1. Department of Health (2010). Improving the health and well-being of people with long-term conditions. http://www.dh.gov.uk/ prod_consum_dh/groups/dh_digitalassets/@dh/@en/@ps/documents/digitalasset/dh_111187.pdf. 2. Office for National Statistics (2011). UK population projected to reach 70 million by mid-2027. http://www.ons.gov.uk/ons/rel/ npp/national-population-projections/2010-based-projections/sum-2010-based-national-population-projections.html. 3. House of Commons Library (2012). NHS funding and expenditure. www.parliament.uk/briefing-papers/sn00724.pdf 4. Universities UK (2012). A picture of health and education. http://www.universitiesuk.ac.uk/highereducation/Documents/2012/ ApictureOfHealthAndEducation.pdf 5. Health Foundation. See http://www.health.org.uk/areas-of-work/programmes/co-creating-health/ 6. ‘Year of Care - Care Planning House’. Accessed 27 August 2012. http://www.diabetes.nhs.uk/year_of_care/care_planning__what_ is_it/the_care_planning_house/. 7. ‘MAGIC: Shared Decision Making Case Studies’. Health Foundation. Accessed 27 August 2012. http://health.org.uk/areas-ofwork/programmes/shared-decision-making/magic-case-studies. 8. Mental Health Foundation. Peer Support in Long Term Conditions: The Basics. . London: Mental Health Foundation, September 2012. http://www.mentalhealth.org.uk/content/assets/PDF/publications/peer_support_the_basics.pdf 9. Boyle,David. More Than Money: Platforms for Exchange and Reciprocity in Public Services. . Nesta. Accessed 27 August 2012. http://www.nesta.org.uk/library/documents/MorethanMoneyv11.pdf 10. Department of Health. Health Trainers: Questions and Answers. London: Department of Health, February 2010. 11. National Voices. Integrated Care: What Do Patients, Service Users and Carers Want?. London: National Voices, January 2012. http://www.nationalvoices.org.uk/sites/www.nationalvoices.org.uk/files/what_patients_want_from_integration_national_ voices_paper.pdf 12. Department of Health. ‘Personal health budgets’; Article. Accessed 4 January 2013. http://www.dh.gov.uk/health/category/ policy-areas/nhs/personal-budgets/. 13. British Medical Association. Personal Health Budgets Discussion Paper. London: British Medical Association, November 2012. http://bma.org.uk/-/media/Files/PDFs/Working%20for%20change/Shaping%20healthcare/Funding/ personalhealthbudgetsNov2012.pdf. 14. Devlin, John and Nancy Appleby. Getting the Most Out of PROMs: Putting Health Outcomes at the Heart of NHS Decisionmaking. London: King’s Fund, 2010. https://www.kingsfund.org.uk/sites/files/kf/Getting-the-most-out-of-PROMs-NancyDevlin-John-Appleby-Kings-Fund-March-2010.pdf 15. Nesta. People Powered Commissioning (in press). See http://www.nesta.org.uk/ 16. Department of Health (2007). Available at: http://webarchive.nationalarchives.gov.uk/+/www.dh.gov.uk/en/ Publicationsandstatistics/Publications/PublicationsPolicyAndGuidance/DH_076913 17. Duke, S. A., Colaqiuri, S. and Colaqiuri, R. ‘Individual patient education for people with type 2 diabetes mellitus’. Cochrane Database of Systematic Reviews. 2009: 1. http://www.ncbi.nlm.nih.gov/pubmed/19160249 18. Trento, M. et al. ‘Lifestyle intervention by group care prevents deterioration of Type II diabetes: a 4-year randomized controlled clinical trial’. Diabetologia. 2002: 45(9). http://www.ncbi.nlm.nih.gov/pubmed/12242455. 19. Rogers, A. et al. (2006) The National Evaluation of the Pilot Phase of the Expert Patients Programme. National Primary Care Research & Development Centre. http://www.dh.gov.uk/prod_consum_dh/groups/dh_digitalassets/@dh/@en/documents/ digitalasset/dh_080683.pdf. 20. Norris, S. L. et al. ‘Self-management education for adults with type 2 diabetes: a meta-analysis of the effect on glycaemic control’. Diabetes Care. 2002: 25(7). http://www.ncbi.nlm.nih.gov/pubmed/12087014. 21. Social Care Institute for Excellence and nef (2011). Budgets and Beyond: Interim Report. http://www.neweconomics.org/sites/ neweconomics.org/files/Budgets_and_Beyond_Interim_Report.pdf. 22. de Silva, D. (2011) Evidence: Helping people help themselves. Health Foundation. http://www.health.org.uk/media_manager/ public/75/publications_pdfs/Helping%20people%20help%20themselves.pdf. 23. Based on average CCG budget of £290m, 212 CCGs nationally, average 342,000 patients per CCG. NHS Commissioning Board (24 May 2012) http://www.england.nhs.uk/2012/05/24/ccg-configuration/ and Health Service Journal (1 August 2012) http:// www.hsj.co.uk/news/finance/local-area-team-budgets-dwarf-ccg-funds/5047710.article 24. Evidence-based medicine defines Level A here: http://en.wikipedia.org/wiki/Evidence-based_medicine 25. Nesta, Innovation Unit and nef (2012) People Powered Health: Co-production catalogue. http://www.nesta.org.uk/areas_of_ work/assets/features/people-powered-health_catalogue. 26. Piatt, G. A. et al. ‘Translating the chronic care model into the community’. Diabetes Care. 2006: 29(4). http://www.ncbi.nlm.nih. gov/pubmed/16567820?dopt=AbstractPlus. 27. Adams, S. G. et al. ‘Systematic review of the chronic care model in chronic obstructive pulmonary disease prevention and management’. Archives of Internal Medicine. 2007: 167(6). http://www.ncbi.nlm.nih.gov/pubmed/17389286. 28. Norris, S. L. et al. ‘Self-management education for adults with type 2 diabetes: a meta-analysis of the effect on glycaemic control’. Diabetes Care. 2002: 25(7). http://www.ncbi.nlm.nih.gov/pubmed/12087014. 29. St John, A. et al. ‘The value of self-monitoring of blood glucose: a review of recent evidence’. Journal of diabetes and its complications. 2010: 24(2). http://www.ncbi.nlm.nih.gov/pubmed/19230717. 30. Shearer, A. et al. ‘Cost-effectiveness of flexible intensive insulin management to enable dietary freedom in people with Type 1 diabetes in the UK’. Diabetic Medicine. 2004: 21(5). http://www.ncbi.nlm.nih.gov/pubmed/15089791. 31. Duke, S. A., Colaqiuri, S. and Colaqiuri, R. ‘Individual patient education for people with type 2 diabetes mellitus’. Cochrane Database of Systematic Reviews. 2009: 1. http://www.ncbi.nlm.nih.gov/pubmed/19160249. 32. See: http://www.va.gov/VATAP/docs/Patientcenteredcare2010.pdf 33. de Silva, D. (2011) Evidence: Helping people help themselves. Health Foundation. http://www.health.org.uk/media_manager/ public/75/publications_pdfs/Helping%20people%20help%20themselves.pdf. 34. Cappucio, F. P. et al. ‘Blood pressure control by home monitoring: meta-analysis of randomised trials’. British Medical Journal. 2004: 329(7458). http://www.ncbi.nlm.nih.gov/pmc/articles/PMC478224/. 35. Wheeler, J.R., Janz N.K., and Dodge J.A. ‘Can a disease self-management program reduce health care costs? The case of older women with heart disease’. Medical Care. 2003: 41(6). http://www.ncbi.nlm.nih.gov/pubmed/12773836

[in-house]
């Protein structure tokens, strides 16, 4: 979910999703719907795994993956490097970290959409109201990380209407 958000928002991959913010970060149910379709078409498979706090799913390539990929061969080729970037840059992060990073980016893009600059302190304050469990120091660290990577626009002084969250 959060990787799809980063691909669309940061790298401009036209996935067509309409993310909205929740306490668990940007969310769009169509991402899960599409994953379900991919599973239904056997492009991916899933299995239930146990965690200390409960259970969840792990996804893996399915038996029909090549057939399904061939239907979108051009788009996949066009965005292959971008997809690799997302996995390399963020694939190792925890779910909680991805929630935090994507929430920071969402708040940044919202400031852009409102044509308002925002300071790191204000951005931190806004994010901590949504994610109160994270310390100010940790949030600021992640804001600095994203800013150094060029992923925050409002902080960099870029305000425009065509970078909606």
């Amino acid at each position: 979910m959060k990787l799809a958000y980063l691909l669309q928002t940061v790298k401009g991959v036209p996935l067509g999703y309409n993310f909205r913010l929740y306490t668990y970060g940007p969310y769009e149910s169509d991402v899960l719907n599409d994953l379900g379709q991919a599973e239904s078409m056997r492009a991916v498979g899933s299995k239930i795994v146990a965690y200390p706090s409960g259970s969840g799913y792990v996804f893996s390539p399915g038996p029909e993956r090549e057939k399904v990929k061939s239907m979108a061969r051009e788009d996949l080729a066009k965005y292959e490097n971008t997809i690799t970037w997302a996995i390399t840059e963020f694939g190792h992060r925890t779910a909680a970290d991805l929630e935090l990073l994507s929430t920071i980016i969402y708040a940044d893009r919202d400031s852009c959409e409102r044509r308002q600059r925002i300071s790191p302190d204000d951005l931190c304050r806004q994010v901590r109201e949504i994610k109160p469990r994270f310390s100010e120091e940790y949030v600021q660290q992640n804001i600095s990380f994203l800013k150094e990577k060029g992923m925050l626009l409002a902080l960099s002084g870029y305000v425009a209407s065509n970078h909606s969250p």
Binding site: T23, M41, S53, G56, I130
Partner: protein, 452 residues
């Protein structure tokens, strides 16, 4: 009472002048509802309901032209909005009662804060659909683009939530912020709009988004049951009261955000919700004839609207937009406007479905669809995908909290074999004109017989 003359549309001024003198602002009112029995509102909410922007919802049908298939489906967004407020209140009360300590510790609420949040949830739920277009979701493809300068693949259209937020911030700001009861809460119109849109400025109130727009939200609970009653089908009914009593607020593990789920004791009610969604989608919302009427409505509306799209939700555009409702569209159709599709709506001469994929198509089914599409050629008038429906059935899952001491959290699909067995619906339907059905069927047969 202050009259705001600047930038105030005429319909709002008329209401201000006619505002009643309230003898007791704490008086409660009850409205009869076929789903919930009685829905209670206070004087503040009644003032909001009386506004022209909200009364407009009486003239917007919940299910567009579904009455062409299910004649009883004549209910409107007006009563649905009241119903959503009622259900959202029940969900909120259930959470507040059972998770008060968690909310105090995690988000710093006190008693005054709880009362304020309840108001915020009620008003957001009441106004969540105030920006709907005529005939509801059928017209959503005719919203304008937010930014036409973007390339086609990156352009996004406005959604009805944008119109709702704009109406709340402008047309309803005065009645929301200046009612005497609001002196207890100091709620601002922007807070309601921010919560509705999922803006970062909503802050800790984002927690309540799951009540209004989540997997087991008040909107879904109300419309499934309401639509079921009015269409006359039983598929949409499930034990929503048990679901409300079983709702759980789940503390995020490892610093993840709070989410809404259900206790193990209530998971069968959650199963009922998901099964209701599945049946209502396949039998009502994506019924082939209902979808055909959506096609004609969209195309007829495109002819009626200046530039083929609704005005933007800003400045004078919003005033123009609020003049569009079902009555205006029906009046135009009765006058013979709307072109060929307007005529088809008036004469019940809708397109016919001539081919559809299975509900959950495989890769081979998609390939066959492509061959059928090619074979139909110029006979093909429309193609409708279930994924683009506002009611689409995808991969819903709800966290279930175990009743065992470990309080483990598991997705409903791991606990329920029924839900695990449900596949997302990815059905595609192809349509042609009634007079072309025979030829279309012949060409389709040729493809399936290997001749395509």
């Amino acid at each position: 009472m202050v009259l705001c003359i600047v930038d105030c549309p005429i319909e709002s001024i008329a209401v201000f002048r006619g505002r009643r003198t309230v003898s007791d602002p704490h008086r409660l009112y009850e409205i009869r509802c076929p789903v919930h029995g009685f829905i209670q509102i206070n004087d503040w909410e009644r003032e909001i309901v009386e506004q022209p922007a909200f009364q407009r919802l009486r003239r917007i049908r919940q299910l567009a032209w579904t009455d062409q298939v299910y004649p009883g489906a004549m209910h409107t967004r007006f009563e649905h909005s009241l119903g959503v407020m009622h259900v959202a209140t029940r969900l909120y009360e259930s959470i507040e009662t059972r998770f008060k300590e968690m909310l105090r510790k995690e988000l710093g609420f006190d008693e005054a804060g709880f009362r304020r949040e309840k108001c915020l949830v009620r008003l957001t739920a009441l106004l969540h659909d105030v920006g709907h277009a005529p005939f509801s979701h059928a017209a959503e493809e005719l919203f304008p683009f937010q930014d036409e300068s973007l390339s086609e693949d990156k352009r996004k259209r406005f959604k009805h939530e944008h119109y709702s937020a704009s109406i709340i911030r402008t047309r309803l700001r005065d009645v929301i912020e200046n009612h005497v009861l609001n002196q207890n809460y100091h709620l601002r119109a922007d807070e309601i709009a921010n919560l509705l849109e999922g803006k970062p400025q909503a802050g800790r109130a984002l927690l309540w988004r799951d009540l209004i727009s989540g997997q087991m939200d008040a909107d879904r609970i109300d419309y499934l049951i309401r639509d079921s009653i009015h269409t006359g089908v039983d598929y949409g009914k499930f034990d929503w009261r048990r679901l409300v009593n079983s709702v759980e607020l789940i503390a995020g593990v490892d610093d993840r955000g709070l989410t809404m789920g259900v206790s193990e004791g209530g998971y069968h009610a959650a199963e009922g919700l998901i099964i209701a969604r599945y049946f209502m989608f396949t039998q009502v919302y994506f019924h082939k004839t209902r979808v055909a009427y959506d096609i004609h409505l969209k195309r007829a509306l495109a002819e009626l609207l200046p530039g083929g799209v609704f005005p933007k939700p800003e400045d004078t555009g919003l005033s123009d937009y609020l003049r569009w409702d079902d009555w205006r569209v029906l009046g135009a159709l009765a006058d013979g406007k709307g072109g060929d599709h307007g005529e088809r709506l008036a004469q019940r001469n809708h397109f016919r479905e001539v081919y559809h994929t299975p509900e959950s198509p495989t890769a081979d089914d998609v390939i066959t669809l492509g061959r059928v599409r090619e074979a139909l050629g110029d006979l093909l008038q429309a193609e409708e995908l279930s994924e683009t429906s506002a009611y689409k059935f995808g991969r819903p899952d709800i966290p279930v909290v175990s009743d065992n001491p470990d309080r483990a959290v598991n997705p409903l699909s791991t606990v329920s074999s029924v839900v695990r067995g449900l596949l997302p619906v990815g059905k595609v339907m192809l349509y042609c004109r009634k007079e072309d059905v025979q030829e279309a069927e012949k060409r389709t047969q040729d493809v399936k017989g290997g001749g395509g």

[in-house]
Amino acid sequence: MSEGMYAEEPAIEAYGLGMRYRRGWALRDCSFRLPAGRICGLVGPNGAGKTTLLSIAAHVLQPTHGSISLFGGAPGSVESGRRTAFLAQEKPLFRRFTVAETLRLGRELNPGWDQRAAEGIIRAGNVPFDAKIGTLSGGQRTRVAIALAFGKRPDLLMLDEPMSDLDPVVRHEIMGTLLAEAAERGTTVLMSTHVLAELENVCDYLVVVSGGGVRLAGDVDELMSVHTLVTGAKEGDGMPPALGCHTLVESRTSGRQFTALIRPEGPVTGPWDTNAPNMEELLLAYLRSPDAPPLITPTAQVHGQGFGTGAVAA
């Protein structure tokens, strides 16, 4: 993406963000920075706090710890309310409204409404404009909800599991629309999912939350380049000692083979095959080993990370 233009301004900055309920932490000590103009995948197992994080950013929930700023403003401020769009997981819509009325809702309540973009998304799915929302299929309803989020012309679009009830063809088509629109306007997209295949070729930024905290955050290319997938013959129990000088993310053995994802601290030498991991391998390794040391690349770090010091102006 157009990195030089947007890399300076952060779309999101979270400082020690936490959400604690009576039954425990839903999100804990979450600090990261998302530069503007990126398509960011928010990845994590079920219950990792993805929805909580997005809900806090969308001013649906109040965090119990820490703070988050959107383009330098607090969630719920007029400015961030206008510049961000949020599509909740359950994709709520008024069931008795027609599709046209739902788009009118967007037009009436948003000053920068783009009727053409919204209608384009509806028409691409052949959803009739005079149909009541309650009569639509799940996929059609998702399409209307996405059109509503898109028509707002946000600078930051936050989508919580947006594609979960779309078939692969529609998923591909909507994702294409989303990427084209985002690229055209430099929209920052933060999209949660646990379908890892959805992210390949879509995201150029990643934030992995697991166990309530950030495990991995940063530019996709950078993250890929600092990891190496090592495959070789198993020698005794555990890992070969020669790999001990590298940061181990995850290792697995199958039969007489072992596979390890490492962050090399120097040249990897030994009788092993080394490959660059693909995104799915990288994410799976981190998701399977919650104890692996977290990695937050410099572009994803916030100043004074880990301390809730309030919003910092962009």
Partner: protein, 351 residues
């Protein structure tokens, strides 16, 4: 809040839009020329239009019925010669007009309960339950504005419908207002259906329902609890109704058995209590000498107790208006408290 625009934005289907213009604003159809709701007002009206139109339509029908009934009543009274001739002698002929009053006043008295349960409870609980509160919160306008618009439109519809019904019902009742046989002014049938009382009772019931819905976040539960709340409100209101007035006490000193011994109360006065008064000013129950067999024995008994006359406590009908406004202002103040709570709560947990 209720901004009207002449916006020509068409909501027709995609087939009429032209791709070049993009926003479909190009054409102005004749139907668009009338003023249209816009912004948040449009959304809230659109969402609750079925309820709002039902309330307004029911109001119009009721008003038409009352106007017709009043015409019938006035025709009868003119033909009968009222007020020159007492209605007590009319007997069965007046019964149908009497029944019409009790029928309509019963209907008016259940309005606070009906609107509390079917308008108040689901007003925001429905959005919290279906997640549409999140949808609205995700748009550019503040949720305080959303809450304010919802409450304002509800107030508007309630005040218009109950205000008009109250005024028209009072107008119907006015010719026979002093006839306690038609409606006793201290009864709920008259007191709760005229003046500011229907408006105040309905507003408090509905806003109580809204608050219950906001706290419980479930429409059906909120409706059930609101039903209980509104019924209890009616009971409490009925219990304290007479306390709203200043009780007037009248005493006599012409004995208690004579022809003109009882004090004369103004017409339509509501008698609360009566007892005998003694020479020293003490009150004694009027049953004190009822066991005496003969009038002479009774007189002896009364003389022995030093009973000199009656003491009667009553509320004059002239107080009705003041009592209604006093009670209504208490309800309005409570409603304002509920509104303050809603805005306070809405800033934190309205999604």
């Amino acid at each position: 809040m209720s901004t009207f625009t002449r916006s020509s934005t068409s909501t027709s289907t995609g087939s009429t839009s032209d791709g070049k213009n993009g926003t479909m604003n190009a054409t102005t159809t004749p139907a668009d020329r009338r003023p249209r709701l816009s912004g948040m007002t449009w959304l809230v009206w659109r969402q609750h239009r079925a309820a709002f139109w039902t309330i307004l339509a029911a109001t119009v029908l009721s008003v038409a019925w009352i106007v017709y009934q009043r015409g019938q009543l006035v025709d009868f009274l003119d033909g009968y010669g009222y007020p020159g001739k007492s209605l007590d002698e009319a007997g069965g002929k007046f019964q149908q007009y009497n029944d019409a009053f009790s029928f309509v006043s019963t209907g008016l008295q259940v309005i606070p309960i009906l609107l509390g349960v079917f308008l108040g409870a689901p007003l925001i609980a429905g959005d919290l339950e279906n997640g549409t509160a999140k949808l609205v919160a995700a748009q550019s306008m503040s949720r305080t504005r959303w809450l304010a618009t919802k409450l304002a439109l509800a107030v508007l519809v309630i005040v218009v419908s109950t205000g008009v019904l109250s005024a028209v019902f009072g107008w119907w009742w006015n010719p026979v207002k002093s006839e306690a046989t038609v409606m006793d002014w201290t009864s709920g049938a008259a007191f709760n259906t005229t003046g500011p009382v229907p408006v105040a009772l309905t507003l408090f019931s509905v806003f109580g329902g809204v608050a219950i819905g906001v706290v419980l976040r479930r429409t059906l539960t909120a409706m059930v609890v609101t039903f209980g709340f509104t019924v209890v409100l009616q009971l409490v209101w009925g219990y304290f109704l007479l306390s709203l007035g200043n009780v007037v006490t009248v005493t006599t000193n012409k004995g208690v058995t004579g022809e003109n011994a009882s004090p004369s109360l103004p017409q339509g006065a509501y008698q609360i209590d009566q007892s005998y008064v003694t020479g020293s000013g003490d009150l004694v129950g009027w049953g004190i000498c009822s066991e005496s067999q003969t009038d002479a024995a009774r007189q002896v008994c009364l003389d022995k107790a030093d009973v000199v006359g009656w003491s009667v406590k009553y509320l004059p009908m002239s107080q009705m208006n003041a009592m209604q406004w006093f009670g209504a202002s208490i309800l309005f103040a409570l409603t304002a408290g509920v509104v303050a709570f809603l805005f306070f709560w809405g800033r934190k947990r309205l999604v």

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36. Norris, S.L. et al. (2002). Self-management education for adults with type 2 diabetes: a meta-analysis of the effect on glycaemic control’. Diabetes Care. 2002: 25(7). http://www.ncbi.nlm.nih.gov/pubmed/12087014. 37. St John, A. et al. ‘The value of self-monitoring of blood glucose: a review of recent evidence’. Journal of diabetes and its complications. 2010: 24(2). http://www.ncbi.nlm.nih.gov/pubmed/19230717. 38. Shearer, A. et al. ‘Cost-effectiveness of flexible intensive insulin management to enable dietary freedom in people with Type 1 diabetes in the UK’. Diabetic Medicine. 2004: 21(5). http://www.ncbi.nlm.nih.gov/pubmed/15089791. 39. Duke, S. A., Colaqiuri, S. and Colaqiuri, R. ‘Individual patient education for people with type 2 diabetes mellitus’. Cochrane Database of Systematic Reviews. 2009: 1. http://www.ncbi.nlm.nih.gov/pubmed/19160249. 40. See http://www.va.gov/VATAP/docs/Patientcenteredcare2010.pdf 41. Rogers, A. et al. (2006) The National Evaluation of the Pilot Phase of the Expert Patients Programme. National Primary Care Research & Development Centre. 42. Self-management: What works? Outcomes and effectiveness. Invest in engagement. http://www.investinengagement.info/SelfmanagementOutcomes 43. Repper, J. and Carter, T. ‘A review of the literature on peer support in mental health services’. Journal of Mental Health. 2011: 20(4). http://www.iimhl.com/iimhlupdates/20120115a.pdf. 44. See: http://www.england.nhs.uk/2012/05/24/ccg-configuration/ 45. See: http://www.hsj.co.uk/news/finance/local-area-team-budgets-dwarf-ccg-funds/5047710.article 46. Department of Health (2012) Confirmation of Payment by Results (PbR) arrangements for 2012-13. See: http://www.dh.gov.uk/ en/Publicationsandstatistics/Publications/PublicationsPolicyAndGuidance/DH_132654. 47. HM Treasury (2010). Spending Review 2010. http://cdn.hm-treasury.gov.uk/sr2010_completereport.pdf. 48. National Audit Office (2011). Delivering efficiency savings in the NHS. http://www.nao.org.uk/idoc.ashx?docId=7066ab9c-a64d4af5-b722-0fec5733129b&version=-1. 49. House of Commons Committee of Public Accounts (2011). National Health Service Landscape Review. Thirty-third Report of Session 2010–12. http://www.publications.parliament.uk/pa/cm201012/cmselect/cmpubacc/764/764.pdf. 50. Department of Health (2012). Confirmation of Payment by Results (PbR) arrangements for 2012-13. http://www.dh.gov.uk/en/ Publicationsandstatistics/Publications/PublicationsPolicyAndGuidance/DH_132654. 51. Ibid. 52. Ham, C., Dixon, A. and Brooke, B. (2012) Transforming the Delivery of Health and Social Care: The case for fundamental change. http://www.kingsfund.org.uk/sites/files/kf/field/field_publication_file/transforming-the-delivery-of-health-and-social-care-thekings-fund-sep-2012.pdf. 53. HM Government (2011) No Health Without Mental Health: A cross-government mental health outcomes strategy for people of all ages. http://www.dh.gov.uk/en/Publicationsandstatistics/Publications/PublicationsPolicyAndGuidance/DH_123766. 54. Department of Health (2012) No Health Without Mental Health: implementation framework. http://www.dh.gov.uk/health/ files/2012/07/No-Health-Without-Mental-Health-Implementation-Framework-Report-accessible-version.pdf. 55. HM Government (2011) No Health Without Mental Health: Delivering better mental health outcomes for people of all ages. http://www.dh.gov.uk/prod_consum_dh/groups/dh_digitalassets/documents/digitalasset/dh_124057.pdf. 56. Think Local Act Personal (2011). Personal Budgets: Taking Stock, Moving Forward. http://www.thinklocalactpersonal.org.uk/_ library/Resources/Personalisation/TLAP/Paper5TakingStockMovingForwards.pdf. 57. Department of Health (2012). Personal health budgets update. http://www.dh.gov.uk/health/files/2012/06/Personal-healthbudget-update-Summer-2012.pdf. 58. NHS Confederation (2012). Joint personal budgets: a new solution to the problem of integrated care? http://www.nhsconfed. org/Publications/Documents/Joint_personal_budgets_a_new_solution_to_the_problem_of_integrated_care.pdf 59. Centre for Evidence-Based Medicine (2009). Levels of Evidence. http://www.cebm.net/index.aspx?o=1025. 60. The strongest study is that which offers the most rigorous study design (using the NHS hierarchy of evidence, and typically drawing on a Level A study) and largest sample size. 61. de Silva, D (2011). Evidence: Helping people help themselves. Health Foundation. http://www.health.org.uk/media_manager/ public/75/publications_pdfs/Helping%20people%20help%20themselves.pdf. 62. Rogers, A et al. (2006). The National Evaluation of the Pilot Phase of the Expert Patients Programme. National Primary Care Research & Development Centre. 63. Lorig, K.R. et al. (2001). ‘Chronic disease self-management program: 2-year health status and health care utilization outcomes’. Medical Care. 2001: 39(11). http://www.ncbi.nlm.nih.gov/pubmed/11606875. 64. Personal Social Services Research Unit (2010) Unit Costs of Health and Social Care 2011. http://www.pssru.ac.uk/pdf/uc/uc2011/ uc2011.pdf. 65. Ibid. 66. Rogers, A. et al. (2006) The National Evaluation of the Pilot Phase of the Expert Patients Programme. National Primary Care Research & Development Centre. 67. Ibid 68. A New Dialogue with Citizens. Cabinet Office. http://www.scribd.com/doc/30738445/A-New-Dialogue-1-Cabinet-Office. 69. The strongest evidence base is those studies offer the highest level of evidence (typically Level A) and largest sample size. 70. Lorig, K.R. et al. (2001) ‘Chronic disease self-management program: 2-year health status and health care utilization outcomes’. Medical Care. 2001: 39(11). http://www.ncbi.nlm.nih.gov/pubmed/11606875. 71. Rogers et al. (2006) Rogers, A. et al. (2006) The National Evaluation of the Pilot Phase of the Expert Patients Programme. National Primary Care Research & Development Centre. 72. Ibid 73. de Silva, D. (2011) Evidence: Helping people help themselves. Health Foundation. http://www.health.org.uk/media_manager/ public/75/publications_pdfs/Helping%20people%20help%20themselves.pdf. 74. Figures in parentheses are Level A studies. Figures in bold suggest stronger evidence (over 10 studies and/or over 50% Level A). 75. Short term: 0–12 months; medium term: 12–24 months; long term: 24+ months.